NY mayor in conflict with blacks: Peter Pringle reports from New York on a turbulent start for Rudy Giuliani

THREE weeks into his job as New York's mayor, Rudy Giuliani is already in a row with the city's black leaders. The clash came much sooner than expected, and is a worrisome reminder of how frayed black-white relations are in the new administration. Whether or not the storm will pass is not clear.

Two 'accidents' sparked the clashes. In the first, the police received a bogus emergency call about an armed robbery at Harlem's Mosque No 7, run by the Nation of Islam, which in turn is run by the demagogic black minister Louis Farrakhan. There was no robbery, just a group of black Muslims in a prayer session. The black Muslims objected to the police intrusion and a fight broke out which, fortunately and remarkably, was restricted to fisticuffs. The brawlers spilt out on to the pavement and eight policemen were injured, plus an unknown number of people from the mosque.

True to his image as a tough law-and-order man, the mayor backed the police action and was generally praised for doing so among the constituency that elected him: middle-class whites. Among blacks he was severely criticised. They called him a 'fascist' and 'despicable' for sending police into such a 'sensitive' place.

No arrests were made because the mosque leaders promised to produce the names of those who were in the brawl, but they did not. So the police started their own inquiry and on Wednesday arrested their first suspect. More arrests are promised.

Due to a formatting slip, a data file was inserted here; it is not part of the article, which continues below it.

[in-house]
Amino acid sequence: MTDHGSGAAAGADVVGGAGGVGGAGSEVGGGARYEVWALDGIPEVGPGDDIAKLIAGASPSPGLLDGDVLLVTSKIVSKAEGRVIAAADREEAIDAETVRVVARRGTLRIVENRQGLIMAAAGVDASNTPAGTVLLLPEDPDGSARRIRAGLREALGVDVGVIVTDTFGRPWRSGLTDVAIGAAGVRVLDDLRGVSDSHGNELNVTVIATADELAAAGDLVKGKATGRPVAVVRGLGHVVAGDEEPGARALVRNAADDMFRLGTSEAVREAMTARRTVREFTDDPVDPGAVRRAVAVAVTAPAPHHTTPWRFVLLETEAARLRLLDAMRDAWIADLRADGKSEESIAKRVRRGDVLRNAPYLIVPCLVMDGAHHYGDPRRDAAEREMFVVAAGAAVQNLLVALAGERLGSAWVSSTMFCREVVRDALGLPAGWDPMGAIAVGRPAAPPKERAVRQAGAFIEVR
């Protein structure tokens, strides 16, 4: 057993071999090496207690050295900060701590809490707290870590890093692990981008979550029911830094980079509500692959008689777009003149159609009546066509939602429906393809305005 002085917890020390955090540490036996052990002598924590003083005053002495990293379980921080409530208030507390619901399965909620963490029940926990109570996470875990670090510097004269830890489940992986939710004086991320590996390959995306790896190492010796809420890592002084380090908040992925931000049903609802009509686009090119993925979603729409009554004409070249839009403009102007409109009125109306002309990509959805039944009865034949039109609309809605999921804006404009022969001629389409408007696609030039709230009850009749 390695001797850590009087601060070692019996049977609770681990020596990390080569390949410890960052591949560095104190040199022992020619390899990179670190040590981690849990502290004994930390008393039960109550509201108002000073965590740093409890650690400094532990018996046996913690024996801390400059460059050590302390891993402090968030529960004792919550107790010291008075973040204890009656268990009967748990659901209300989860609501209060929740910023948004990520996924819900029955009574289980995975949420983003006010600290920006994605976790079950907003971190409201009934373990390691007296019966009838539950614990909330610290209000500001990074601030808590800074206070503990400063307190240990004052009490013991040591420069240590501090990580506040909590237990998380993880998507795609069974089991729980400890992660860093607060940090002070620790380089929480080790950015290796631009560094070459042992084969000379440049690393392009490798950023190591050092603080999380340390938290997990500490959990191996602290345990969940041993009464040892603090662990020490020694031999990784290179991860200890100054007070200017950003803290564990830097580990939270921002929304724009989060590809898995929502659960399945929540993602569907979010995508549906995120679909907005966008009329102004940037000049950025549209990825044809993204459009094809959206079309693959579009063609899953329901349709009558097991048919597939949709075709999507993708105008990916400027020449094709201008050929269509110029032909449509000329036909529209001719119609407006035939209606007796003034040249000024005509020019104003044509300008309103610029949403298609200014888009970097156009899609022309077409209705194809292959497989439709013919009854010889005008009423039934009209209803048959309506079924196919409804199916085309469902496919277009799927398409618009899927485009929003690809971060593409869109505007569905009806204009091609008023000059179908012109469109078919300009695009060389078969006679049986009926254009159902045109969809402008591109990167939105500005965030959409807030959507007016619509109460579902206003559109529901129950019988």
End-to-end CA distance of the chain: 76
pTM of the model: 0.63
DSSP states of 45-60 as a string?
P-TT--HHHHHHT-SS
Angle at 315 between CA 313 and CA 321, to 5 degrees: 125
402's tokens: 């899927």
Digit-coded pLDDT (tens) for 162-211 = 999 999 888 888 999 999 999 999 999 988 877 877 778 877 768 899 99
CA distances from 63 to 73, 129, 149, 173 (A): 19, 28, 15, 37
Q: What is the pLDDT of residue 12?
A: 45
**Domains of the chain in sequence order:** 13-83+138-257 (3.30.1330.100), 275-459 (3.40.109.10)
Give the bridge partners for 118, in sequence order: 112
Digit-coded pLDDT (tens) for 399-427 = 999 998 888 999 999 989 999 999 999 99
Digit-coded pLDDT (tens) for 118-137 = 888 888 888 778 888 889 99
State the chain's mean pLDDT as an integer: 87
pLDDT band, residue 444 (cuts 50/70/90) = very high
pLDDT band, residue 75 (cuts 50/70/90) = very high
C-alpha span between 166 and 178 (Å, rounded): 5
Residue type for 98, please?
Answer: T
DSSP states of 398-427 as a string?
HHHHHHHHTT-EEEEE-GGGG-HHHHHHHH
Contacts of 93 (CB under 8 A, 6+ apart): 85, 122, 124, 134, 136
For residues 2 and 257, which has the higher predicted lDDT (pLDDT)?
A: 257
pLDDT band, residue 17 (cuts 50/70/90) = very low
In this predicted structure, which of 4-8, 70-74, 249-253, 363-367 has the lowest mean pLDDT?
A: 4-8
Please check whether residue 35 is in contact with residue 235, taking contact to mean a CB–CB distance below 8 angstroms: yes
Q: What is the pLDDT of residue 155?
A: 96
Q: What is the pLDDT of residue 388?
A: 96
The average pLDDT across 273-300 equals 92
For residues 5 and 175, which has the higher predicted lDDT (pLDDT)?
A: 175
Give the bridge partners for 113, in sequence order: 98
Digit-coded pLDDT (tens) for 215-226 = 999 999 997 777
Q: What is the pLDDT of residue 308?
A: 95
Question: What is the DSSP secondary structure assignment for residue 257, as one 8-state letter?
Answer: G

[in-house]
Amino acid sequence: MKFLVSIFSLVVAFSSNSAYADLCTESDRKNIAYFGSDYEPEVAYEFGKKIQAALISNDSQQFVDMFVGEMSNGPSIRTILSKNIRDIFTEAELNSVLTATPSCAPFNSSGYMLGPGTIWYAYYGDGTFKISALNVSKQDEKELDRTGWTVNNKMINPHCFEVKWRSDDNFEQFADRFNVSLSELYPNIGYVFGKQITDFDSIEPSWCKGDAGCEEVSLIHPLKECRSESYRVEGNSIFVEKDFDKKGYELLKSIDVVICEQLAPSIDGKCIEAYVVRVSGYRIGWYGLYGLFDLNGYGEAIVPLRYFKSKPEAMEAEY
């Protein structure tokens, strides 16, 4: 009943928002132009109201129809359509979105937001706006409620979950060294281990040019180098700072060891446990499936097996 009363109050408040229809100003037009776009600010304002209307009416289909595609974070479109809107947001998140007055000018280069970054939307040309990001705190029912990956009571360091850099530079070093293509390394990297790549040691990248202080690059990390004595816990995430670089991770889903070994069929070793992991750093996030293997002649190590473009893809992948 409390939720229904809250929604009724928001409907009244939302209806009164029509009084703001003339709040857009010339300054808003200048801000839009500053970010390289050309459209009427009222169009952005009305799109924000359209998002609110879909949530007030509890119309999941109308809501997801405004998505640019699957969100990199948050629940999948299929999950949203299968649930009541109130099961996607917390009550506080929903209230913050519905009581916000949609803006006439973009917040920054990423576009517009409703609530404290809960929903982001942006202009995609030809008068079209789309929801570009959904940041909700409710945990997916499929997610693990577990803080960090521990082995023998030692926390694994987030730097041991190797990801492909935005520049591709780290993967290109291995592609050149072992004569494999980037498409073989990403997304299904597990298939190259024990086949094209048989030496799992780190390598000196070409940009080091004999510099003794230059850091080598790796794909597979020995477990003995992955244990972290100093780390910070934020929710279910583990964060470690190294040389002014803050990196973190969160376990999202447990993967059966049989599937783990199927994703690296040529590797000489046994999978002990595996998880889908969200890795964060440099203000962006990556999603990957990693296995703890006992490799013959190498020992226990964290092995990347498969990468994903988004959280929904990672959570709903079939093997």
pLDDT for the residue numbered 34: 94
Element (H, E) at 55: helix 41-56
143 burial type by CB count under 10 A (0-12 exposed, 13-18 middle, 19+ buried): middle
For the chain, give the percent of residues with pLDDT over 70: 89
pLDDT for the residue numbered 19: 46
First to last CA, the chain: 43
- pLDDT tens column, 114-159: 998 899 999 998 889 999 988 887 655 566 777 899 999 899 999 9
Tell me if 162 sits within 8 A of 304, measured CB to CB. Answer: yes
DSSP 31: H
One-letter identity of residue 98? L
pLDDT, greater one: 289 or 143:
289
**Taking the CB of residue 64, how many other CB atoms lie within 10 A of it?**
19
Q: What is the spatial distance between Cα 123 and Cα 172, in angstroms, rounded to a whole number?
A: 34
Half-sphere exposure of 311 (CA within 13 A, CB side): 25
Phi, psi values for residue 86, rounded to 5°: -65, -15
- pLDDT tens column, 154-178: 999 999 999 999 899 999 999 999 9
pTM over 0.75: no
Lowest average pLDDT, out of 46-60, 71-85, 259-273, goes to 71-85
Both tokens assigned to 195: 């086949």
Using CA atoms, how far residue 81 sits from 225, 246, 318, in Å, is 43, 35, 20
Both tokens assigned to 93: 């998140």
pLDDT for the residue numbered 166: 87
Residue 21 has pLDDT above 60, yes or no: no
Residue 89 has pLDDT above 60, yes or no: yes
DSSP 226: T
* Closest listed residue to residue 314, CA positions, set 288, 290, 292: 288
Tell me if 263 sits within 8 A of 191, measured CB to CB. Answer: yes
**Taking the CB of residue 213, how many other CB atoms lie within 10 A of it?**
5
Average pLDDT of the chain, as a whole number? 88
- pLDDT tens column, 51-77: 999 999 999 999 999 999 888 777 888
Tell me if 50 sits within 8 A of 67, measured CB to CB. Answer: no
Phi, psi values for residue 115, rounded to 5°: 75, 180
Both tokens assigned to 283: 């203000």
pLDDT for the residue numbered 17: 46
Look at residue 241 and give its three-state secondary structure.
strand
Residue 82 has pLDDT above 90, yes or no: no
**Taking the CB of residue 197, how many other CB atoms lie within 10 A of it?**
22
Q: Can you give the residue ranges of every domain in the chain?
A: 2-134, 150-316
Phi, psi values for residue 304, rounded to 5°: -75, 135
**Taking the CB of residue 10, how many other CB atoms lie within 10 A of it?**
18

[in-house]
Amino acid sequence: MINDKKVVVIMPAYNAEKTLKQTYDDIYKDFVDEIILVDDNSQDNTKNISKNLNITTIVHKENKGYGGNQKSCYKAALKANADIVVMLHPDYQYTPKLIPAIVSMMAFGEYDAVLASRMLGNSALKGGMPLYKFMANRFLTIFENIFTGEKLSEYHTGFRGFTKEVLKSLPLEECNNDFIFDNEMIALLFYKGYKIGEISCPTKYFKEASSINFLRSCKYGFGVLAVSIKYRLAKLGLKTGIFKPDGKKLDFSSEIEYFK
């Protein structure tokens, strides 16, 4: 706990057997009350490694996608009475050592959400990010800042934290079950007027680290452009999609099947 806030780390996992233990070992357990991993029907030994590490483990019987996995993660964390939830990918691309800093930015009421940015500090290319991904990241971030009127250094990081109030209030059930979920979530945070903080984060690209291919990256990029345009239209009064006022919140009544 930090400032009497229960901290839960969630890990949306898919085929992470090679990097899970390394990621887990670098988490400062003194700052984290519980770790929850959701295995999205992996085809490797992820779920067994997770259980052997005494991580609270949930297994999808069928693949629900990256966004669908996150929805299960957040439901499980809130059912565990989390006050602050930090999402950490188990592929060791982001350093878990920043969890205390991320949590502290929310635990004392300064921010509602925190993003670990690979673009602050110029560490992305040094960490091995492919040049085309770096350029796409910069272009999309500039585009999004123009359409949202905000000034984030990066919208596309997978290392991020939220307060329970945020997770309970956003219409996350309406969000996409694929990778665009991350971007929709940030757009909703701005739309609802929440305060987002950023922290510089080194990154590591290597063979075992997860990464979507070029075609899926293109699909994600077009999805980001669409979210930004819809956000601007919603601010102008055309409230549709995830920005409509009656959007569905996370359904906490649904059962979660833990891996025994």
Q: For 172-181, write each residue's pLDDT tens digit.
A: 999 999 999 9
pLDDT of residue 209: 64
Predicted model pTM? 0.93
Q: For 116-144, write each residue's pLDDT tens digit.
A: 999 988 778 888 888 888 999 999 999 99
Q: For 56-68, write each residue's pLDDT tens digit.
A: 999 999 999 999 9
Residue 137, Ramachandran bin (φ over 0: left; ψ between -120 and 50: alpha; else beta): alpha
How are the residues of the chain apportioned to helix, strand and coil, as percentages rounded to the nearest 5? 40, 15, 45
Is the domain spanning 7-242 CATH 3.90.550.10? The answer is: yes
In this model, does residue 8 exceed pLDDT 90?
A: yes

Meanwhile, the mayor's new police chief, William Bratton, who came from Boston vowing to clean up New York streets, refused to meet the city's most vocal black minister, the Rev Al Sharpton, to discuss the matter. The rebuff was taken by black leaders as Giuliani-inspired because the mayor had also refused to meet Mr Sharpton.

In fact, the mayor had laid down a rule about meeting ethnic leaders of any hue. He is prepared to reach out to them only, he said, 'if they will discipline themselves in the way they speak'. Both whites and blacks saw this as a condescending, even chilling, remark that did not help race relations in the city - especially as he won only 5 per cent of the black vote in last November's mayoral election.

Then came the second 'mistake'. In a case unrelated to the mosque incident the 17-year-old son of a black Muslim cleric was shot dead by a black policeman. Police had been called to a private house where the youth was accused of selling drugs. As they approached, the youth 'reached into his waistband' as though for a gun, according to the police. The police said they found 24 crack vials in the house.

Fortunately for the mayor the clashes were followed immediately by a weekend of ethnic healing during the remembrance of Martin Luther King's birthday. The mayor was able to go before black audiences and, over the din of the hecklers, try to convince the suspicious black community of his fairness. With poise and patience he told them, 'I have the same love, respect and caring for the African-American community as I do for all the communities of our city. Give me a chance.' Whether they will or not depends on the mayor's next steps, and also on a period of calm in the city's black neighbourhoods.

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